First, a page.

The Cambridge University Press journal Modern American History (MAH) is pleased to announce that some of its inaugural issue is now available online, and the print edition will be available next month. A full table of contents appears below.
MAH also invites article submissions for future issues on any aspect of U.S. history since the 1890s. It welcomes work from scholars representing every sub-discipline of this expansive field, and seeks in particular research that straddles the methods of more than one subfield or otherwise bridges traditional divides. The journal also accepts brief proposals for review essays, forums, and other special features.
Modern American History 1.1 Table of Contents
World War I in the Historical Imagination of W. E. B. Du Bois, Chad Williams
An analysis of how the global conflict haunted the work of one leading African American intellectual.
“The Edge of the Abyss”: The Origins of the Israel Lobby, 1949-1954, Doug Rossinow
A recreation of American Jewish mobilization in the wake of a West Bank massacre.
The Spirit of Black Lake: Full Employment, Civil Rights, and the Forgotten Early History of Environmental Justice, Josiah Rector
An exploration of environmental activists’ engagement with economics and racial politics in the 1970s.
BELOW THE FOLD
Forum: Modern American History
Big picture reflections on the field’s defining themes, problems, and stakes.
- The Social-Ethnography Tradition, Daniel T. Rodgers
- Asian American History and the Perils of a Usable Past, Madeline Y. Hsu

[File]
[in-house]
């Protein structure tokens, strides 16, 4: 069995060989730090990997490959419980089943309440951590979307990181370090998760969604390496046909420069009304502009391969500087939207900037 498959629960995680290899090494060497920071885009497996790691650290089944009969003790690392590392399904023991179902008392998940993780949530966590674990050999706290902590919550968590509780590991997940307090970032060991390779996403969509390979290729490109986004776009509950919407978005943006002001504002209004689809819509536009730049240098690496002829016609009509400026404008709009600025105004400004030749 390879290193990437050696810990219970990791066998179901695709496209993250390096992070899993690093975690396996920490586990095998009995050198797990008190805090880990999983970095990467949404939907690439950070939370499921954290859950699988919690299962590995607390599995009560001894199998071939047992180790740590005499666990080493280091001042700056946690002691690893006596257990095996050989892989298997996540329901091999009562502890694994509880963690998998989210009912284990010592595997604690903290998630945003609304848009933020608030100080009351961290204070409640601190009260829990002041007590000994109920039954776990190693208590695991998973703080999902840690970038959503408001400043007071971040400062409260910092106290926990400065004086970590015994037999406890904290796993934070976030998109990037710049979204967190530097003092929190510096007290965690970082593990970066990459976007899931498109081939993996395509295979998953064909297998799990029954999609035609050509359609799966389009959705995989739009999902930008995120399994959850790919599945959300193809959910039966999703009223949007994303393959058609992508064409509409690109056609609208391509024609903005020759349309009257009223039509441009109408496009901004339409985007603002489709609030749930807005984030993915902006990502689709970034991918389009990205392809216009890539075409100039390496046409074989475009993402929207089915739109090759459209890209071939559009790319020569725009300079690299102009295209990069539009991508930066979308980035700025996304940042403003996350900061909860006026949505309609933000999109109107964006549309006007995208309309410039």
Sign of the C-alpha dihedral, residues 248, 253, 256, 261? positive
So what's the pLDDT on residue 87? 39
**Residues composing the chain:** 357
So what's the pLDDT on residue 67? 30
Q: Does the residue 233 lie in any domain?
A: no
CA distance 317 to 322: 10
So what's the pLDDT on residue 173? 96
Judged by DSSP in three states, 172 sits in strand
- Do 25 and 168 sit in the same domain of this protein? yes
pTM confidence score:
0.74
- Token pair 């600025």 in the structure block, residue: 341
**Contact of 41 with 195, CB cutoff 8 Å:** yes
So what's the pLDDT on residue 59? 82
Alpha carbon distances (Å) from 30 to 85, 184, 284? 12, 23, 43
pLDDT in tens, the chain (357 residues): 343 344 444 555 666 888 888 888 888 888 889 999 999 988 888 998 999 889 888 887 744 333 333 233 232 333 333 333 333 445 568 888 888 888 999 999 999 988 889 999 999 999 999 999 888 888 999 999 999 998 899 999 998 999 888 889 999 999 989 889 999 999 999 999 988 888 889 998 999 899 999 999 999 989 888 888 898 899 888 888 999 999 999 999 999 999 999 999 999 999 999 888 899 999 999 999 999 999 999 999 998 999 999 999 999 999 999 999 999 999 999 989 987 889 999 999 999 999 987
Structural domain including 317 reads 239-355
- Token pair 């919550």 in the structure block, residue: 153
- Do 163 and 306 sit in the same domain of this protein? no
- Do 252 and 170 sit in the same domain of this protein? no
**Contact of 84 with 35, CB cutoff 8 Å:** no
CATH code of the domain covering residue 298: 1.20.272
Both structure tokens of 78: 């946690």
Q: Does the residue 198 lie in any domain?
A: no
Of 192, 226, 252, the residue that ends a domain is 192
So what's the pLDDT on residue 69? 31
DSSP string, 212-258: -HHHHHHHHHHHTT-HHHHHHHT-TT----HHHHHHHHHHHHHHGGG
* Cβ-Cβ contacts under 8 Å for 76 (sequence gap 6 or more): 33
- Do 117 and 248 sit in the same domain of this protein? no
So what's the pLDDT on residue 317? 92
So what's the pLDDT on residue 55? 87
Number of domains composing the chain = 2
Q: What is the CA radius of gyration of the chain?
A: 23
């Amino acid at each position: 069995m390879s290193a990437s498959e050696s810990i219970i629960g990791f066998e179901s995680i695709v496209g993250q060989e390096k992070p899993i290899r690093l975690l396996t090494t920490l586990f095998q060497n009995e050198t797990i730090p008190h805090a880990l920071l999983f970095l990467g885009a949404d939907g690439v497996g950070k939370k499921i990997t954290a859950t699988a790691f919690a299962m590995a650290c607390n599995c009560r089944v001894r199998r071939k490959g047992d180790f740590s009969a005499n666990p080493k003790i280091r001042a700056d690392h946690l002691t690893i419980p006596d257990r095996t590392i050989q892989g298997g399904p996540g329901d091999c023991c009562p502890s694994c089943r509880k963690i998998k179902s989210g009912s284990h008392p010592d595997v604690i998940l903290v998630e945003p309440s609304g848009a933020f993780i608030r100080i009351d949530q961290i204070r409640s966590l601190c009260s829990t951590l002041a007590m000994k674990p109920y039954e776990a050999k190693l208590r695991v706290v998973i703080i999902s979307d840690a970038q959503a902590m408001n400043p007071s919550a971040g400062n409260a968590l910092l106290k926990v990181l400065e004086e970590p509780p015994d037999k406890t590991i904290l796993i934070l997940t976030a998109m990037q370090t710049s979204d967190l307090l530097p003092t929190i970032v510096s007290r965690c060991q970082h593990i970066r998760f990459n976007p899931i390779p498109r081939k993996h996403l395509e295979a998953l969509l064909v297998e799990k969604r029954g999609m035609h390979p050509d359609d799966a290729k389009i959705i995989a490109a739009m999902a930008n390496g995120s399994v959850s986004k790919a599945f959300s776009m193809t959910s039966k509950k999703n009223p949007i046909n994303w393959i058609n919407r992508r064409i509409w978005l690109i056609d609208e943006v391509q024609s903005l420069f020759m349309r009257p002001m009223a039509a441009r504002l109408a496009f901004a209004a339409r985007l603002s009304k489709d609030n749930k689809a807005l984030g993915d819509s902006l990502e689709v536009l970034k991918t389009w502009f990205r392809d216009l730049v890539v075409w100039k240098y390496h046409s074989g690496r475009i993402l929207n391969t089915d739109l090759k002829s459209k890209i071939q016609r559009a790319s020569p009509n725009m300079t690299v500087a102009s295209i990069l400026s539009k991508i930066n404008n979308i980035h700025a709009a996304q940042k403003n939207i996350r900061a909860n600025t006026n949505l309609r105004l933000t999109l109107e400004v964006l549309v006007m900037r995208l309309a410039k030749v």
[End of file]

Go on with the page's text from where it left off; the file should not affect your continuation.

- Crude Reality, Adam Rome
- Our Political Narratives, Kim Phillips-Fein
- Pluralism, Secularism, and Religion in Modern American History, Leigh E. Schmidt
- War as a Way of Life, Michael Sherry
- The Uneven History of Modern American Sexuality, Regina Kunzel
- Race as a Relational Concept, Natalia Molina
- The History of Capitalism and the Eclipse of Optimism, Philip Scranton
- The End of the Second Reconstruction, Kevin K. Gaines
Q&A: The Writer’s Studio with Linda Gordon
A conversation about research, writing, and the craft of history.
Take Three: The Moon Landing
July 20, 1969. One event. Three perspectives.
- Twilight of Empire, Daniel Immerwahr
- Nixoning the Moon, Kathryn Cramer Brownell
- Grounding the Space Race, Neil M. Maher
Into the Stacks
Richard Wright, Bandung, and the Poetics of the Third World, Mark P. Bradley
A review of books about decolonization in light of a new collection tracing one African American author’s experiences in 1950s Indonesia.
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